But the worst of this story is that clearing the land for these house lots has already begun, and yet the farmers who make their living there were never consulted. One of them, Mr Sheldon Seabra, said that all they knew about the project had come from social media, and the first official communication from the government had come from Guyana Lands and Surveys ordering them to stop work and relocate. The excavator clearing the area for the project, he said, was just 1000 feet from his farm and they would soon be clearing his crops and destroying his pens. There are about twenty farmers in the area where Mr Seabra lives, and many of them had land leases. In his own case, his had only just come into effect, and now a few days later it was being revoked.

This is disgraceful. How can any government which promotes itself as operating in the interest of the ordinary man and woman treat a group of farmers with such contempt? Of course, the President descended on the area the week before last and listened to the residents’ complaints, telling them breezily that a technical team would be sent into the area to speak with those affected. He said they would have to relocate but would receive assistance from the government to acquire lands where they could continue farming. It remains to be seen whether those who are being displaced in order to accommodate what to all appearances is the President’s still inchoate dream will be mollified.

When President Ali came to office he promised communication with the populace. After two-and-a-half years there is little sign of that. Aside from the farmers in the area, the general public also needs to know about this massive city project, and should be given the opportunity to comment. Why is it that the most being provided at a visual level is just the outer perimeters and the location? Certainly Minister within the Ministry of Housing and Water Susan Rodrigues has held forth verbally on what this digital city is intended to be, but that has little meaning if we do not see maps and plans, even if not designs for the major buildings involved. Is it a case that this is a secret, or is it that the details have not been worked out yet, which is why the government is proceeding in such a ‘cas-cas’ way with house lots?

So the farmers should have been consulted about what is going on and the public at large needs to know in a meaningful sense about what is going on, but there is another group which has further questions. That group consists of the residents of the world’s only plantation city. President Ali has talked vaguely about climate change which is why Silica City is needed, and it is true many concerns have been expressed about the situation of Georgetown which is below high tide level. But we need specifics. To the best of anyone’s knowledge the government has not commissioned a study on the future of the capital given rising sea levels, and whether it can be saved, and if so, what measures are necessary. If the estimation of experts is that in the longer term it cannot be saved, then how long does it have?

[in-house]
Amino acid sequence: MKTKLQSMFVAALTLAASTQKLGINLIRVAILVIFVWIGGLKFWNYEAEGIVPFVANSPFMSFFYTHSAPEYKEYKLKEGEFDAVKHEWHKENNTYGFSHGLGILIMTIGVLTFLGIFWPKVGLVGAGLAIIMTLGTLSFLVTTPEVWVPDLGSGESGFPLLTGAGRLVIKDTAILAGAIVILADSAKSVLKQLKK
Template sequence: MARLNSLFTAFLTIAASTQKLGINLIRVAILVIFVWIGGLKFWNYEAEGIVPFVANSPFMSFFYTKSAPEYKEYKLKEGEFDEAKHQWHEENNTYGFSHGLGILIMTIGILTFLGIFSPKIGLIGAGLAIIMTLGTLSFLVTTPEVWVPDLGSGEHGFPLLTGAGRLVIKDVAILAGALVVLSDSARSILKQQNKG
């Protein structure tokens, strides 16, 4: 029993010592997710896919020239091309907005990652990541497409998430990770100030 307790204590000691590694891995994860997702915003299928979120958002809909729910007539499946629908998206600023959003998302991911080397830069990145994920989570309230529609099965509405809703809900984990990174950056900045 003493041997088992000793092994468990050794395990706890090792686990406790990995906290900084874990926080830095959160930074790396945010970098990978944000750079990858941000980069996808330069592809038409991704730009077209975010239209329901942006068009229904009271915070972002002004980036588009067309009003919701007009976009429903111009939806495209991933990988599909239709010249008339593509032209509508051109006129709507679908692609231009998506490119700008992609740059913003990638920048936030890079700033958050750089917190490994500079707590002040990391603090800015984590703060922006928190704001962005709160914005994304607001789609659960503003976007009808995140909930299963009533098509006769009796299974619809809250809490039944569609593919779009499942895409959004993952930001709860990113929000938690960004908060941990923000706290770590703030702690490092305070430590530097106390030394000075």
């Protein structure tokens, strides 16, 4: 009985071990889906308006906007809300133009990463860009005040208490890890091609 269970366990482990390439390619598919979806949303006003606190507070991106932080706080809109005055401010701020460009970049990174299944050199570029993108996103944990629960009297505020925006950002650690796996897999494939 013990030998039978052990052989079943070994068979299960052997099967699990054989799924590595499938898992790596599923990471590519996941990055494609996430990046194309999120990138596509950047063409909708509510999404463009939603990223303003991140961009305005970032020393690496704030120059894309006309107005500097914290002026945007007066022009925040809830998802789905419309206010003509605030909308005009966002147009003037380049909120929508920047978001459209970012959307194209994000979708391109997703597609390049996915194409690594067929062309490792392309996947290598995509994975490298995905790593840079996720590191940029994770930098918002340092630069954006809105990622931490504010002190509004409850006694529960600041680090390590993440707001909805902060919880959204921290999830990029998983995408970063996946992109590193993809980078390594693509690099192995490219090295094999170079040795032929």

The answers to those questions will determine what kind of city the new urban establishment might be, and how big it would have to be. If Georgetown is to be abandoned eventually, for example, what plans would be in place to save its historic buildings, to cite one example? Where would the government buildings be accommodated in Silica City? If it is not necessary in the shorter term, what plans would President Ali have for the further development of the new city should a climate crisis come in the future? Georgetown turned out to be a remarkably well-planned capital; unfortunately Silica City has nothing to recommend it in that department. Instead of dreams we need some serious professional work, starting with the future of Georgetown, and only then moving on to what might be needed in terms of an urban development on the highway. Until that is done, the President should stop the excavator work and leave the farmers for the time being as they are.

Lastly, there is the matter of the name ‘Silica City’ which one supposes President Ali chose because it will be sited on the sand belt. Again, he has held no consultations about it and probably intends to hold none. One might have thought that since it is in an Arawak area an Indigenous name might not come amiss. Even if he refuses to give way he should be aware that posterity has a way of amending even the best laid plans.

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  • Michael O Alstrom  On 01/31/2023 at 5:35 am

    Well done

    Sent from my Bell Samsung device over Canada’s largest network. ________________________________

  • kamtanblog  On 01/31/2023 at 5:52 am

    Interesting read…..
    Some time ago suggested inviting Brazilia city developers be consulted on the idea of new city on higher grounds.
    Agree with suggestion of amerindians invited to name.
    And yes what will become of the present city Georgetown. Did suggest it becoming the Venice of latinoland.
    Early days but with oil wealth coming on line it should be given some priority.

    An afterthought
    Why not make Linden the new capital ?

    Will c

    K UK 🇬🇾🇬🇧🇬🇾🇬🇧🇪🇸🇬🇧

  • Age  On 01/31/2023 at 8:55 pm

    So the farmers were given leases to farm on the land, and without notice the lands are being cleared?

    That doesn’t sound like a good indicator for business investment if contracts can be revoked that easily.

    I’m guessing the government reserve lands were signed for long-term farming when there wasn’t a global real estate bubble?

  • Verdine Benn  On 03/16/2023 at 1:11 am

    I cannot believe that this president does not think it important for the guyanese public to know of his plans in advance and to share their thoughts. Does he think there is no one with enough knowledge to advise him?
    Thanks for this important info.

    • Age  On 03/17/2023 at 2:13 pm

      I just saw this video about a government-supported social media personality telling diaspora Guyanese not to return to Guyana:

      When Guyanese were struggling they were asking their relatives to send them money though.